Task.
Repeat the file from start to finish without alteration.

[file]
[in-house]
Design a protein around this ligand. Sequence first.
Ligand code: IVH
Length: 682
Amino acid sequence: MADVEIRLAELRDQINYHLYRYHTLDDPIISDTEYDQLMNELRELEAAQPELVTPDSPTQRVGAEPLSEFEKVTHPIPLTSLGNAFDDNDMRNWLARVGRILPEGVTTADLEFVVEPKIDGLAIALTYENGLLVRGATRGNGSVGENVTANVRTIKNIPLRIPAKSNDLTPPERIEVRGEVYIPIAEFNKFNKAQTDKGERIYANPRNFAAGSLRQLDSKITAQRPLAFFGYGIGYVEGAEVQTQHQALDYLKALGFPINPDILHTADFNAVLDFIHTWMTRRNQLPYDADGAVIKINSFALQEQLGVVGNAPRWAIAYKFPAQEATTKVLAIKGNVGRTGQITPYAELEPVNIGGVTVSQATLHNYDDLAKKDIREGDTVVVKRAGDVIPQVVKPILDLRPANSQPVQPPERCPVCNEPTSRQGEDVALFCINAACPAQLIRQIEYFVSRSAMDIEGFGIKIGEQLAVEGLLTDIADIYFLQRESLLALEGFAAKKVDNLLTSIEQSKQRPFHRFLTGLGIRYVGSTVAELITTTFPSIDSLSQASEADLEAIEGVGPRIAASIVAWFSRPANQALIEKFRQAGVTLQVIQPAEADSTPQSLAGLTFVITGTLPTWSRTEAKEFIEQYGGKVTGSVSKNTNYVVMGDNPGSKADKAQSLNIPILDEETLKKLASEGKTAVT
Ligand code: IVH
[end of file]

[in-house]
Design a protein around this ligand. Sequence first.
Ligand code: IVH
Length: 682
Amino acid sequence: MADVEIRLAELRDQINYHLYRYHTLDDPIISDTEYDQLMNELRELEAAQPELVTPDSPTQRVGAEPLSEFEKVTHPIPLTSLGNAFDDNDMRNWLARVGRILPEGVTTADLEFVVEPKIDGLAIALTYENGLLVRGATRGNGSVGENVTANVRTIKNIPLRIPAKSNDLTPPERIEVRGEVYIPIAEFNKFNKAQTDKGERIYANPRNFAAGSLRQLDSKITAQRPLAFFGYGIGYVEGAEVQTQHQALDYLKALGFPINPDILHTADFNAVLDFIHTWMTRRNQLPYDADGAVIKINSFALQEQLGVVGNAPRWAIAYKFPAQEATTKVLAIKGNVGRTGQITPYAELEPVNIGGVTVSQATLHNYDDLAKKDIREGDTVVVKRAGDVIPQVVKPILDLRPANSQPVQPPERCPVCNEPTSRQGEDVALFCINAACPAQLIRQIEYFVSRSAMDIEGFGIKIGEQLAVEGLLTDIADIYFLQRESLLALEGFAAKKVDNLLTSIEQSKQRPFHRFLTGLGIRYVGSTVAELITTTFPSIDSLSQASEADLEAIEGVGPRIAASIVAWFSRPANQALIEKFRQAGVTLQVIQPAEADSTPQSLAGLTFVITGTLPTWSRTEAKEFIEQYGGKVTGSVSKNTNYVVMGDNPGSKADKAQSLNIPILDEETLKKLASEGKTAVT
Ligand code: IVH